Florida law does not provide unmarried couples with the inheritance protections and automatic decision-making authority it provides to married couples. Even if you are in a longstanding, devoted relationship, from a legal perspective you and your companion might as well be complete strangers. Therefore, if you are not married and want to provide your partner and yourself with certain protections, you must incorporate these protections into a carefully crafted estate plan. Your estate planning attorney should create a plan that outlines not only what happens upon your death, but also upon your incapacity. Here are three critical items to build into your plan:
#1 Guarantee That Your Partner Can Live in Your Home If You Pass Away First
Older unmarried couples often reside in a home that is owned by just one partner. Typically, the owner partner wants his/her own children to inherit the home, but wants the non-owner partner to be able to reside in it for the rest of his/her life if the owner dies first. Without a plan that ensures this, when the children inherit the home upon the owner’s death, they will have the right to make the partner vacate. This situation may not be hard to imagine if your children and partner don’t get along. But even if they do, who knows what circumstances might arise in the future? For instance, your child may fall on hard times and need the proceeds from selling your house. Or perhaps one of your sons- or daughters-in-law will push for a sale.
Making yourself and your partner joint owners with rights of survivorship may appear to be a logical approach, but beware: it is fraught with downsides. Although joint ownership will allow the home to automatically pass to the survivor, it provides no mechanism for the children to get the house after your partner passes away.
A better alternative is to set up a trust providing a life estate for the non-owner partner. The trust should detail how expenses will be paid, including taxes, insurance, HOA fees, repairs, utilities, etc. Your partner will be able to reside in the house for the rest of his/her life, with the house passing to your children or anyone else of your choice once your partner passes on or otherwise moves out.
Your plan should also give your partner the right to remain in the home if you become incapacitated, and should spell out how expenses will be paid if that occurs.
#2 Empower Your Partner To Make Your Health Care Decisions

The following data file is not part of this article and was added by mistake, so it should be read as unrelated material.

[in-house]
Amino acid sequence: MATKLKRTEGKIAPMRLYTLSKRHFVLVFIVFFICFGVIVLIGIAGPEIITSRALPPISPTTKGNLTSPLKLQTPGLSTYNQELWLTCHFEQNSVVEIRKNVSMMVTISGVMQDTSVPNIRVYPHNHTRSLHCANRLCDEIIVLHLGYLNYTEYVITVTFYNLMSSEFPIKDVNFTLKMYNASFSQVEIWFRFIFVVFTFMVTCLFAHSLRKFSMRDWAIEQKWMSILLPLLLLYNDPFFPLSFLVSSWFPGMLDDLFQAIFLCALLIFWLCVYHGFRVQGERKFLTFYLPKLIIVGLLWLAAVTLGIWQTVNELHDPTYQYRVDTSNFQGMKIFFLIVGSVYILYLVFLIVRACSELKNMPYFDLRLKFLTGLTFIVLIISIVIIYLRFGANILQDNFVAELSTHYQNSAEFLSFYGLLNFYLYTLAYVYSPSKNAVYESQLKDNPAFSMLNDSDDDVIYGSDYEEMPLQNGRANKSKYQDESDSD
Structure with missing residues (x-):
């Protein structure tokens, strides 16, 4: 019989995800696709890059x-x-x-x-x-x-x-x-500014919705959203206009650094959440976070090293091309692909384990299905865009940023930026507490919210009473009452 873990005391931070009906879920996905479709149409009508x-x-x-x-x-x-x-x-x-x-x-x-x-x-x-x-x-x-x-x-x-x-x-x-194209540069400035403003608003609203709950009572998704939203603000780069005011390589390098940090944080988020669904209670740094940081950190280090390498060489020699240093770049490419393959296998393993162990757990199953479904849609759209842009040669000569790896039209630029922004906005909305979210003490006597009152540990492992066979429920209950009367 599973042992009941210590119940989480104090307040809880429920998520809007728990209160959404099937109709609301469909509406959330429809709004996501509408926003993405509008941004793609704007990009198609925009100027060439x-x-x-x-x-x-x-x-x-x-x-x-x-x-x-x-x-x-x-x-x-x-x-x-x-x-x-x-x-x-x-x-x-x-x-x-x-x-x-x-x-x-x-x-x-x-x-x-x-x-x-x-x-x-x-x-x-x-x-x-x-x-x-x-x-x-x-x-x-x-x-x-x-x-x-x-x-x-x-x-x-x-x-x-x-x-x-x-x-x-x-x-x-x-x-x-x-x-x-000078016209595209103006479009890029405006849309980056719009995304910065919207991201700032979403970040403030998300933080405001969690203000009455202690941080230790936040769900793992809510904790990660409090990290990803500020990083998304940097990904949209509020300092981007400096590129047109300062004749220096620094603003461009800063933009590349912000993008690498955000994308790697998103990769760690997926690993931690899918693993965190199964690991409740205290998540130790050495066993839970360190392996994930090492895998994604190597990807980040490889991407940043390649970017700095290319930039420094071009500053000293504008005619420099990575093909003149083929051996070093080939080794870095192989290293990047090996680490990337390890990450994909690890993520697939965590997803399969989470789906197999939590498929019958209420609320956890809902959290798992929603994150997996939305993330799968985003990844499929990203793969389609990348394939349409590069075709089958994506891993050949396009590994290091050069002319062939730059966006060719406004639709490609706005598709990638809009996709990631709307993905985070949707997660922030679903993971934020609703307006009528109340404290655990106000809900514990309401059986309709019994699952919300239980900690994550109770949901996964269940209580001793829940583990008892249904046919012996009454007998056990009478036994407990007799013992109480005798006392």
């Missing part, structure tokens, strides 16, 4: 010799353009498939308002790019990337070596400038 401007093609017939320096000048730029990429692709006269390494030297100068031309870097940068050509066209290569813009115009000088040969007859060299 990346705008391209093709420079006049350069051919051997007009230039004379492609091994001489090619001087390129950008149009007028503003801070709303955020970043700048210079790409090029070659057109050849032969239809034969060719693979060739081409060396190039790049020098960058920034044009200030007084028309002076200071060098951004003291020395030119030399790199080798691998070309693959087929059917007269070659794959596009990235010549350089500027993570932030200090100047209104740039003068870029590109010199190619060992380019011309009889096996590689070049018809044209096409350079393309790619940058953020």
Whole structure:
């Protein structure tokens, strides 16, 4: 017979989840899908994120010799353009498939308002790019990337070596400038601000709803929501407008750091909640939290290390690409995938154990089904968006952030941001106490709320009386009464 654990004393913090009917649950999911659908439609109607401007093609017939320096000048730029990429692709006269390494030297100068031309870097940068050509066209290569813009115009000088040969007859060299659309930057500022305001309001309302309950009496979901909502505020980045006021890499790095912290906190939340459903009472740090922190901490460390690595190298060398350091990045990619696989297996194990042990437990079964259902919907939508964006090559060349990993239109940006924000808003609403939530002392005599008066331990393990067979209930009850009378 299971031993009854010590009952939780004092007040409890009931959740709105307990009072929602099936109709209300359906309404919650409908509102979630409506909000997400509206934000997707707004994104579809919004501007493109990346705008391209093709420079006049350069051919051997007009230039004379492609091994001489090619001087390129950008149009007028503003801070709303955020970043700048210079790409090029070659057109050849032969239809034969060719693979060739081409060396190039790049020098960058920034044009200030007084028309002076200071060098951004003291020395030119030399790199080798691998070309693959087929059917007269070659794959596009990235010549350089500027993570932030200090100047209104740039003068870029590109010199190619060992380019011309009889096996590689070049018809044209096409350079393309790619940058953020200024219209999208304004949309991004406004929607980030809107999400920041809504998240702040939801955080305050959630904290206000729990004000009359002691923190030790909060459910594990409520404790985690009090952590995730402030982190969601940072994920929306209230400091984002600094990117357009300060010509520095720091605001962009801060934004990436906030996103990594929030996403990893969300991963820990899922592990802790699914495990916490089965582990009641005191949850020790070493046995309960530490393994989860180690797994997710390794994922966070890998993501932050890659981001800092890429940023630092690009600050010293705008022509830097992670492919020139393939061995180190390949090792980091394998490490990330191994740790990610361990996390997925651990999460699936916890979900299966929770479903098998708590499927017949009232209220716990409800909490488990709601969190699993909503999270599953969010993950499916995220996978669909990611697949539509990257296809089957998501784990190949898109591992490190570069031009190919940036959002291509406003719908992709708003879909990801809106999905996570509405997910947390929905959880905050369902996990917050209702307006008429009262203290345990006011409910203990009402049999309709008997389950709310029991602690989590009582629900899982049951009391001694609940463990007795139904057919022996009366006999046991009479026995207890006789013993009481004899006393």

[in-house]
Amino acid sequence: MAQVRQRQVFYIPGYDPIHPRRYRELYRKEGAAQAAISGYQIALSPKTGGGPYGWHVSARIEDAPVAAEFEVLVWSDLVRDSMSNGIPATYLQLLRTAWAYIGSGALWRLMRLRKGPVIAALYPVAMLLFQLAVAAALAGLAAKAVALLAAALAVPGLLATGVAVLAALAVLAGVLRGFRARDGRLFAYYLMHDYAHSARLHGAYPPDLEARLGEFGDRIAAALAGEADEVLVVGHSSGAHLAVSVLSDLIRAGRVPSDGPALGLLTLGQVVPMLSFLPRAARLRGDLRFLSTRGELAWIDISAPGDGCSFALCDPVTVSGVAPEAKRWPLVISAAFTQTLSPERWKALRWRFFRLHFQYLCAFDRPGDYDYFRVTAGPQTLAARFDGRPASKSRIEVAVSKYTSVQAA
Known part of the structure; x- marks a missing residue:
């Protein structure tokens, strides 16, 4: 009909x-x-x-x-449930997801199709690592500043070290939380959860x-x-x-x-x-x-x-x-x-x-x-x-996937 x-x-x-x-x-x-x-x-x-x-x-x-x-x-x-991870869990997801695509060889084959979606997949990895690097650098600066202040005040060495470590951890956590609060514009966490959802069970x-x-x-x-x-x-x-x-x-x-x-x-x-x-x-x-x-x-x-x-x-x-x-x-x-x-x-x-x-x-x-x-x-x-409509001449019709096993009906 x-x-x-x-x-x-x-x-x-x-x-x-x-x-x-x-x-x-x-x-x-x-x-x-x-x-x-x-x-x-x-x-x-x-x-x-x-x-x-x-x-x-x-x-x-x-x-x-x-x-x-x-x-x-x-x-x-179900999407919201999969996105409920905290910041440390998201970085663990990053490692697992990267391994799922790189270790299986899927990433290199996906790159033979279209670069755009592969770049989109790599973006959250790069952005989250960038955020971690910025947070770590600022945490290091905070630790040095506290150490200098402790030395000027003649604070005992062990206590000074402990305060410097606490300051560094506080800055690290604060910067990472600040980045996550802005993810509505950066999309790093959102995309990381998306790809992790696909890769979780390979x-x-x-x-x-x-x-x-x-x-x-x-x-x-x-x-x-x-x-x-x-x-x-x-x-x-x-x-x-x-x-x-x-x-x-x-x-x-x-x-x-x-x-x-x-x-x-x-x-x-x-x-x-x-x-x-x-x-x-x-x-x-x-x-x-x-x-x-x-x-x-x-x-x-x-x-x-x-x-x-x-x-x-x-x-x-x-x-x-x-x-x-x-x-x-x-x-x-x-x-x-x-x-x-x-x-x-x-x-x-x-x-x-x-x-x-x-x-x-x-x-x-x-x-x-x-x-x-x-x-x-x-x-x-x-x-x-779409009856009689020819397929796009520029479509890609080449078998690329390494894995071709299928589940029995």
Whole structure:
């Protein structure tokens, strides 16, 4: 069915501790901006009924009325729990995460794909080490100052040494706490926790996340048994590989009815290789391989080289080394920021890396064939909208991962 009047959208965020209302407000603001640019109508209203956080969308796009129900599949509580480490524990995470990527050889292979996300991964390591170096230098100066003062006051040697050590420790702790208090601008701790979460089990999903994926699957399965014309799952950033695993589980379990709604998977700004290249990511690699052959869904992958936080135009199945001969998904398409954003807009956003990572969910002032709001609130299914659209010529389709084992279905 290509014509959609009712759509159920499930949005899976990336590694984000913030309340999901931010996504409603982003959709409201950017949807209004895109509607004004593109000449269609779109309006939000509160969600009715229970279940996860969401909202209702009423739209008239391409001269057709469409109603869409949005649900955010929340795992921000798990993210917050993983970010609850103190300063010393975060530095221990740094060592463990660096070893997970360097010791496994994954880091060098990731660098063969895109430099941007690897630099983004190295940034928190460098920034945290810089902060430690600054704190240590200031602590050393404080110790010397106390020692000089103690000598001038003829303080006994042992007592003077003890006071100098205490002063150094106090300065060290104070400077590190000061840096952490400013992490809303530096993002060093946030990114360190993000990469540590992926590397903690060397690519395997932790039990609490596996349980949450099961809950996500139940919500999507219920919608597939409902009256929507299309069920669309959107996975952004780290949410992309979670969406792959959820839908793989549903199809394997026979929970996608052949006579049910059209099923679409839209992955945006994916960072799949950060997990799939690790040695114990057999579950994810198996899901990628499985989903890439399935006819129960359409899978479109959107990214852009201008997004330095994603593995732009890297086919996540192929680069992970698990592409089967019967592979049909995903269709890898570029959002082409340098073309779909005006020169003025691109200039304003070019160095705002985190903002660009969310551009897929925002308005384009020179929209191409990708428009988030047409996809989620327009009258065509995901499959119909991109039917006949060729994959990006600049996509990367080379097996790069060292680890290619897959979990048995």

If a patient does not have a health care surrogate document, Florida law has a clear hierarchy of who makes the patient’s health care decisions if he/she cannot do so: first the spouse, then the adult children, then a myriad of others – all before a “close friend.” It follows that if you want your partner to make your health care decisions, you must create a health care surrogate giving your partner that authority. Without this document, the situation can get ugly. We know of situations in which a hospitalized patient’s devoted partner, some who had been the person’s caregiver for years, was denied visitation by adult children. Let’s face it, not all adult children get along beautifully with their parent’s companion. The animus can get even more heated when the parent/partner is ill. Note that you can name your children as back-up surrogates to your partner, but they may not serve as co-surrogates with your partner. Florida law does not permit co-surrogates. Even if you name your partner as your primary health care surrogate, you can still include your children by making sure you have a HIPAA waiver in your document that allows them to receive your confidential information from your health care providers.
However, in our experience, most people in a committed relationship who are not married prefer to name a child, not the partner, as primary health care surrogate. They then grant their partner HIPAA authority. In this way, the partner can communicate first-hand with medical providers, then pass on the information to the children. This is convenient in situations where the children do not live nearby and the partner usually who accompanies the person to the doctor, and is the one likely to accompany him/her to the hospital.
#3 Empower Your Partner To Handle Your Financial Affairs If You Are Incapacitated
If you become incapacitated, do you want your partner to handle your financial affairs? This could mean handling everything from investment decisions to making sure the electric bill is paid. How can you give your partner this authority?
First, you could make your partner the sole agent under your durable power of attorney. If you wish, you can name your adult children as contingent agents, or co-agents. In addition, you could create a revocable trust making your partner your successor trustee or joint trustee. This allows your partner to take over managing trust assets in the event of your incapacity. But note that his/her authority under the trust would only apply to trust assets. Therefore, the durable power of attorney is also necessary.
On the other hand, you may not want to give your partner authority to manage all of your financial affairs. You may wish to give your partner more limited authority – for example, access to a particular bank account, such as the account you use to pay your bills. In this case, you may create a limited power of attorney giving your partner authority over that account only, and no others.
Talk to our attorneys about the best approach for your circumstances. Call (561) 625-1100 or email KLF@karplaw.com to schedule a consultation.